LocationMagnolia Theater 3699 McKinney Ave., Ste. 100 Dallas, TX 75204
DatesOpens Feb 28
The big problem with Tim’s Vermeer, Vegas show duo Penn and Teller’s new art documentary, is that neither the filmmakers nor its subject seem to know a lick about art. The new film tells the story of Tim Jenison, a billionaire inventor who made his fortune developing video software and who becomes obsessed with figuring out how the Dutch master Johannes Vermeer painted such intricate and life-like images. After reading a couple of books, Tim got turned onto the idea that, perhaps, Vermeer and other renaissance artists used the camera obscura – basically lenses fitted into black boxes – to project images of their studio onto a wall where they could simply copy the pictures with paint. In Tim’s mind, this method makes Vermeer something less of an artistic genius, and more like, well, Tim – an inventor. Penn, who is friends with Tim and narrates the film that is directed by his stage partner, is giddy at such a prospect and takes it a step further. Perhaps Vermeer wasn’t really an artist. Maybe he was more of a machine, or (ahem) a magician, merely employing painterly sleight-of-hand.
These assertions are, of course, ridiculous, and they are proven ridiculous by the film’s own climax. After years of toiling away at making his own Vermeer, a replication of The Music Lesson (1662-65) – a project which includes the disconcertingly obsessive Tim learning carpentry and spending bags of cash to rebuild a replica Vermeer’s studio near his home in San Antonio – Tim finally paints his Vermeer. He uses an ingenious contraption consisting of just a lens and a mirror to turn the scene he built into a kind of paint-by-numbers follow-along. And that’s what Tim gets, a paint-by-numbers Vermeer, incredibly impressive for someone who doesn’t know how to paint, but nonetheless flaccid and unmistakably a copy. He hangs above his mantle and proudly crosses his arms like a fisherman displaying his catch, looking very much the fool.
Tim looks foolish because just one glance at his painting is evidence that he has failed. He may have accurately rendered the setting, the light, the knots in the rug, and all the other intricate details, but his piece doesn’t possess the ineffable qualities of the original – the touch, a sensitivity. The other foolish aspect of his quest is that it ignores an incredibly obvious aspect of image making. The ability to accurately represent reality is only one aspect of the artist’s craft. Even if the lens enabled the artist’s distinctive use of light, the real life of the painting comes from the way that light is incorporated into the mise-en-scène, the choices made in how to orchestrate the setting itself: the color of the dress; the arrangement of the furniture; the age, gender, and look of the characters; the quieted mood of the room; the drama, tension and emotional life it creates. In short, Tim’s project mistakes the craft of rendering the image – rather than the conceiving of the image — as Vermeer’s art.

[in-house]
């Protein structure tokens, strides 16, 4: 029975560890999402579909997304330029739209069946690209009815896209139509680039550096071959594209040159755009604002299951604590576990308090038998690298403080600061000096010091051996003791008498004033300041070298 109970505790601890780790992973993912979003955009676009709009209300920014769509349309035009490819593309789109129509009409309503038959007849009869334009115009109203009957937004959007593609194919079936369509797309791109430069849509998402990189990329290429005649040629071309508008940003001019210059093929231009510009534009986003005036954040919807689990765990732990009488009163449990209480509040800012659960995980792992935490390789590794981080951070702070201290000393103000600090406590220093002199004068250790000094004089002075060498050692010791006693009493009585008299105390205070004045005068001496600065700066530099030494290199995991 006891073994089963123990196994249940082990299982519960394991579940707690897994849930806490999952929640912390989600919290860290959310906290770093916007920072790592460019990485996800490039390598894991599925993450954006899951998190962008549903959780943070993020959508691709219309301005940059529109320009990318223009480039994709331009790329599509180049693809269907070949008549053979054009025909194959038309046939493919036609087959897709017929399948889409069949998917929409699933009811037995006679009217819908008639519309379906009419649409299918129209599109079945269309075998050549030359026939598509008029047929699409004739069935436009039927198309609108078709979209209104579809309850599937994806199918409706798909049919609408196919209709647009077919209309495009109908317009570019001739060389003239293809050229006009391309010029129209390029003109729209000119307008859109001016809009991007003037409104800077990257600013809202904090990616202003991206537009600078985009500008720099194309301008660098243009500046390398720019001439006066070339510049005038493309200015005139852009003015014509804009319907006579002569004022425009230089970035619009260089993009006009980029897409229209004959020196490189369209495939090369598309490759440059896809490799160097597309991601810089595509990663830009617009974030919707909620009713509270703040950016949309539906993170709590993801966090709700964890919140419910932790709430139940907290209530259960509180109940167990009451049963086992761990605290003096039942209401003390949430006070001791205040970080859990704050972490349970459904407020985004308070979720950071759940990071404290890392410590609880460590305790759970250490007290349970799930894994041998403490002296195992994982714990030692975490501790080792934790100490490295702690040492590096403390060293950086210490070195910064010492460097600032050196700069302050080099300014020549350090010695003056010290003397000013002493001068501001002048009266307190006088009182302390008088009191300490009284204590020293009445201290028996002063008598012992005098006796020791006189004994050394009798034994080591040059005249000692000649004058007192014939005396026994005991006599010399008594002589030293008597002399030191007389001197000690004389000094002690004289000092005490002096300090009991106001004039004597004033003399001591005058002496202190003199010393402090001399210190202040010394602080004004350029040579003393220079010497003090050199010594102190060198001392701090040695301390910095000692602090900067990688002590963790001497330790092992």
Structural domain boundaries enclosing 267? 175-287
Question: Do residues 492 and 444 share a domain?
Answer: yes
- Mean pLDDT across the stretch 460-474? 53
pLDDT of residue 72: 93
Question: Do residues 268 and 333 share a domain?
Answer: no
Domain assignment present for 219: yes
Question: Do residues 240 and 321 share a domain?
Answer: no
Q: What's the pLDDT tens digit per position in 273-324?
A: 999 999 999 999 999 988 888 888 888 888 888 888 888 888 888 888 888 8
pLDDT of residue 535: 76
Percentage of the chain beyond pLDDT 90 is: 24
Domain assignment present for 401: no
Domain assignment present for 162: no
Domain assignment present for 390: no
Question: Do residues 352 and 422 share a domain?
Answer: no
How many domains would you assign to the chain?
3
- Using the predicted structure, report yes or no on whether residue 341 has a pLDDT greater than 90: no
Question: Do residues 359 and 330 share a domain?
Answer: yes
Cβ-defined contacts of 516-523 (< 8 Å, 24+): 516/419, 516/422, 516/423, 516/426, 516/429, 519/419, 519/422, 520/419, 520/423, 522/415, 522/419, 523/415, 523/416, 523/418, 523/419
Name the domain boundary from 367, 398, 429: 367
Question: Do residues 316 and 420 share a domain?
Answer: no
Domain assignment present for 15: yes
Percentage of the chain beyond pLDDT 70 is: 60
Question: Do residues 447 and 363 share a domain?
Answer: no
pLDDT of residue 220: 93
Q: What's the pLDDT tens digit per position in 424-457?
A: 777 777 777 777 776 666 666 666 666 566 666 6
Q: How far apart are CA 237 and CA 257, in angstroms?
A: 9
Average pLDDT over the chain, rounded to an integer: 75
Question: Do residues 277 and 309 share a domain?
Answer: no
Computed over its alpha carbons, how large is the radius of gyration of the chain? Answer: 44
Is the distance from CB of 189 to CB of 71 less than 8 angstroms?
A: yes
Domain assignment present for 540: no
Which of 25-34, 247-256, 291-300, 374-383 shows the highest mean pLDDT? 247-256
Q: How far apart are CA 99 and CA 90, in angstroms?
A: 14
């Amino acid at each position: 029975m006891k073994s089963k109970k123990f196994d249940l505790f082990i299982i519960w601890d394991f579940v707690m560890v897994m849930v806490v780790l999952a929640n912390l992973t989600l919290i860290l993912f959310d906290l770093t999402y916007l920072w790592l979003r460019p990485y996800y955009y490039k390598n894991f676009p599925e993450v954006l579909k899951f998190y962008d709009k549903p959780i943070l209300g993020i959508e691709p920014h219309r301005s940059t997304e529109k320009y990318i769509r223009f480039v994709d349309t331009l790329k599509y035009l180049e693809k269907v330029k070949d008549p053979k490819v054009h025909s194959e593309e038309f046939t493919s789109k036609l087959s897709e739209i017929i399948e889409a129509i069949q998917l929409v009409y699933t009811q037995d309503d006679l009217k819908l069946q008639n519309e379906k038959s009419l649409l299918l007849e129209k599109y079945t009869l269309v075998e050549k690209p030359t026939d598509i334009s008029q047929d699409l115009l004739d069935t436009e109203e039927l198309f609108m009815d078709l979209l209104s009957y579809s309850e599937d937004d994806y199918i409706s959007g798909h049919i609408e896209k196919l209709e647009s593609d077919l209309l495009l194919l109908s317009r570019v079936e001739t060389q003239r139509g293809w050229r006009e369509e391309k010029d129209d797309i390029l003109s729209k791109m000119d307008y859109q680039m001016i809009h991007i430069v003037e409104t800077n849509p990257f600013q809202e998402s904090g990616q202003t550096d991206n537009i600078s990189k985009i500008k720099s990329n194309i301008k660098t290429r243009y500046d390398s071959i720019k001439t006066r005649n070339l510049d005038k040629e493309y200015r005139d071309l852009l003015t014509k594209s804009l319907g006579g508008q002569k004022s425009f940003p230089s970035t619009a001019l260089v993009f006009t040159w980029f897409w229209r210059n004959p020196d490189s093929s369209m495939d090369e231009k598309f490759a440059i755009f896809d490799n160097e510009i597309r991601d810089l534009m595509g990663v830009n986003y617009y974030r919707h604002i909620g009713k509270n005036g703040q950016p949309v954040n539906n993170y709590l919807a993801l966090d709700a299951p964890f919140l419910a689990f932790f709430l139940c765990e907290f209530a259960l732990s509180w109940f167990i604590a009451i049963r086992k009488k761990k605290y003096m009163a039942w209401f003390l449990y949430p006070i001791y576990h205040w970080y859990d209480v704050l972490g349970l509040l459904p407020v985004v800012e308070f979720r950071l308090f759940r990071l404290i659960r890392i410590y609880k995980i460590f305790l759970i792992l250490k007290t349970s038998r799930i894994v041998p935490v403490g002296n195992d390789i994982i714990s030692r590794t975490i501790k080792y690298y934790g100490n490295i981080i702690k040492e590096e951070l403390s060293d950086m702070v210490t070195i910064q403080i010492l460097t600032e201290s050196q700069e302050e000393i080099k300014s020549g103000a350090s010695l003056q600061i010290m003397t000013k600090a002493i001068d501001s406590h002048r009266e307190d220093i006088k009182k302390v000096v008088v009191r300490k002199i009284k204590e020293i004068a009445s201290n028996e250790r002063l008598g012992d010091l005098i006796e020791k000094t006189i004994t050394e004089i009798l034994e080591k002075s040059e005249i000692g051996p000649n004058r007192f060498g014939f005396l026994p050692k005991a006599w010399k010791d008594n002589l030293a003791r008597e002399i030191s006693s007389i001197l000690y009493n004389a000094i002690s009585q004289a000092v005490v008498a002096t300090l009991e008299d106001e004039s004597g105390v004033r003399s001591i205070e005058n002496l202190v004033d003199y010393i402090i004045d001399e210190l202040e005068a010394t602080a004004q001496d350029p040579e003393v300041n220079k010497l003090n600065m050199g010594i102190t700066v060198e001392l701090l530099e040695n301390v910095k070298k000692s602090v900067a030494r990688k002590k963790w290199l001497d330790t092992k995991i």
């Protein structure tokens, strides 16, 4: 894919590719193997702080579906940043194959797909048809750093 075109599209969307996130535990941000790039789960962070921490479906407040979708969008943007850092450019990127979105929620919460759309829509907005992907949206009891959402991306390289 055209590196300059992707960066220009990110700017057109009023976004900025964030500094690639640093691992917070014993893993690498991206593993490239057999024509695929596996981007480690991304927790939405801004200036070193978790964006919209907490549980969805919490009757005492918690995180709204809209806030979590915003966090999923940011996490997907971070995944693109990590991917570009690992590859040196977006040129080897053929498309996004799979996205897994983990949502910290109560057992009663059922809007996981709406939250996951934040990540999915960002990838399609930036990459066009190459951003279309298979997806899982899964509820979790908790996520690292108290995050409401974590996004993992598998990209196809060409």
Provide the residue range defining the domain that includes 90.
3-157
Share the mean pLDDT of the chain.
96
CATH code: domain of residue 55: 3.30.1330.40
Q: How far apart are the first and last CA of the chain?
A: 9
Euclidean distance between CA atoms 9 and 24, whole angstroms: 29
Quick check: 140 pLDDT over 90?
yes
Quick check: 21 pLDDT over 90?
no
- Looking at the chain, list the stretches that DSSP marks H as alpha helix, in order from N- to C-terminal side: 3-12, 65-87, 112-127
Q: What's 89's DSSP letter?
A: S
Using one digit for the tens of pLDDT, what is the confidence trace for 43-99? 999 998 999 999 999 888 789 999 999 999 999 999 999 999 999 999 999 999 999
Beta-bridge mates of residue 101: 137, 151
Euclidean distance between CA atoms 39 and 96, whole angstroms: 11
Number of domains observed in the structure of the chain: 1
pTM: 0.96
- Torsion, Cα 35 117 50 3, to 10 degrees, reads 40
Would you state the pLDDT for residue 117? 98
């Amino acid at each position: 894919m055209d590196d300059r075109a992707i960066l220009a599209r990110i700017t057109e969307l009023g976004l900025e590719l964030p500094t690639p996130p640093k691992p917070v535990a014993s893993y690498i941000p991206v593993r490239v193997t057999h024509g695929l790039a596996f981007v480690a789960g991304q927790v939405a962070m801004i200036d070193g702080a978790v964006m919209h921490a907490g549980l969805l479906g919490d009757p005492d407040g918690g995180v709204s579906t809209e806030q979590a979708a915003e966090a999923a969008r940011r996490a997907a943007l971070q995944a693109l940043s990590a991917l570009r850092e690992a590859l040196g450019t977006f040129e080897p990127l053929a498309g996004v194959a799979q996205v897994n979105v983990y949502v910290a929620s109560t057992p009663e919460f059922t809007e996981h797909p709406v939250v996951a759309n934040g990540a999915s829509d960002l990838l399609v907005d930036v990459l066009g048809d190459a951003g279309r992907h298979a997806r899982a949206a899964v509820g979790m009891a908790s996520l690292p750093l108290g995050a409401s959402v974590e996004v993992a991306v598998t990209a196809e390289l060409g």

That’s a shame, because from an art historical perspective, Tim’s project does offer an intriguing look into the artistic process of 17th century painting. The problem is that in their giddy eagerness to somehow dismantle the notion of artistic “genius,” Penn, Teller, and Tim ask the wrong questions. The filmmakers are trying to prove that Vermeer was a machine, a kind of proto-camera – the artist-as-sensitive film that exposes and develops verite reality. But what’s really interesting about the technique is what it implies about how Vermeer understood or considered the work he was trying to make, the kind of reality he was trying to represent. In other words, if Vermeer used this technique, it wouldn’t change his status as an artist, but rather it would inform just what kind of artist he was.